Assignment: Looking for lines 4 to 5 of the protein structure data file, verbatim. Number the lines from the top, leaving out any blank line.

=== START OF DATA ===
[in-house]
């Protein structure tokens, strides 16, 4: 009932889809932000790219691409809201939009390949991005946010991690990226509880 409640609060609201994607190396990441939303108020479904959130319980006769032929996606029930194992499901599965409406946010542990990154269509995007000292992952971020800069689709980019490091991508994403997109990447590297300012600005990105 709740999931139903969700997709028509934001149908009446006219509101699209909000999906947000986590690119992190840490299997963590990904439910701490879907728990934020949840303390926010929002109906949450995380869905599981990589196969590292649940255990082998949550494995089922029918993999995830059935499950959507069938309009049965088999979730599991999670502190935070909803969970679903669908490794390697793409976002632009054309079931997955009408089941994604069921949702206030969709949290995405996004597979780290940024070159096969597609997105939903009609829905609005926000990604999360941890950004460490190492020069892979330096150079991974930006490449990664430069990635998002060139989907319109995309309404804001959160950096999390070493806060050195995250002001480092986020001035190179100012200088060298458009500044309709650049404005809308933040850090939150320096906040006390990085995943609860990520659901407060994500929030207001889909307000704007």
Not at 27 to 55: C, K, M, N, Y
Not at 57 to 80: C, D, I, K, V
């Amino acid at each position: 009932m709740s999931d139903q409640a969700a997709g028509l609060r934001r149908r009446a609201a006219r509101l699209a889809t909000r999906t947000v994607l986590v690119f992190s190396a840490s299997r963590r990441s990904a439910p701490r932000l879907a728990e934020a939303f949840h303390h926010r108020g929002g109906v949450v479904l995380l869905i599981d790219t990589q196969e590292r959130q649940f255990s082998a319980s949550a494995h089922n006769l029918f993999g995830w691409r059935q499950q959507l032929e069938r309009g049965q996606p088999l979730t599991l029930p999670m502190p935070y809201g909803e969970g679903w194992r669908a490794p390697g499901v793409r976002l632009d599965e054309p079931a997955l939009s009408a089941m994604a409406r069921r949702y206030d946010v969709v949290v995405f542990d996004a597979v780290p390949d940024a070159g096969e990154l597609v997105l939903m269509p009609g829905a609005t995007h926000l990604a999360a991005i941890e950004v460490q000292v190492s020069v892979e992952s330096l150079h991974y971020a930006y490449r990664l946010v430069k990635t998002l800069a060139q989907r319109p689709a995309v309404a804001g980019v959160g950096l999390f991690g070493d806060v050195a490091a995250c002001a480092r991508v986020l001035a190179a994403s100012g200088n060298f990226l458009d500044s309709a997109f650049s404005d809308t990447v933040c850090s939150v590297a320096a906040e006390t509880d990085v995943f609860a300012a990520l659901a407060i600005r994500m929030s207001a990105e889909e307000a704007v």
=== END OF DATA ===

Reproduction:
Not at 57 to 80: C, D, I, K, V
């Amino acid at each position: 009932m709740s999931d139903q409640a969700a997709g028509l609060r934001r149908r009446a609201a006219r509101l699209a889809t909000r999906t947000v994607l986590v690119f992190s190396a840490s299997r963590r990441s990904a439910p701490r932000l879907a728990e934020a939303f949840h303390h926010r108020g929002g109906v949450v479904l995380l869905i599981d790219t990589q196969e590292r959130q649940f255990s082998a319980s949550a494995h089922n006769l029918f993999g995830w691409r059935q499950q959507l032929e069938r309009g049965q996606p088999l979730t599991l029930p999670m502190p935070y809201g909803e969970g679903w194992r669908a490794p390697g499901v793409r976002l632009d599965e054309p079931a997955l939009s009408a089941m994604a409406r069921r949702y206030d946010v969709v949290v995405f542990d996004a597979v780290p390949d940024a070159g096969e990154l597609v997105l939903m269509p009609g829905a609005t995007h926000l990604a999360a991005i941890e950004v460490q000292v190492s020069v892979e992952s330096l150079h991974y971020a930006y490449r990664l946010v430069k990635t998002l800069a060139q989907r319109p689709a995309v309404a804001g980019v959160g950096l999390f991690g070493d806060v050195a490091a995250c002001a480092r991508v986020l001035a190179a994403s100012g200088n060298f990226l458009d500044s309709a997109f650049s404005d809308t990447v933040c850090s939150v590297a320096a906040e006390t509880d990085v995943f609860a300012a990520l659901a407060i600005r994500m929030s207001a990105e889909e307000a704007v």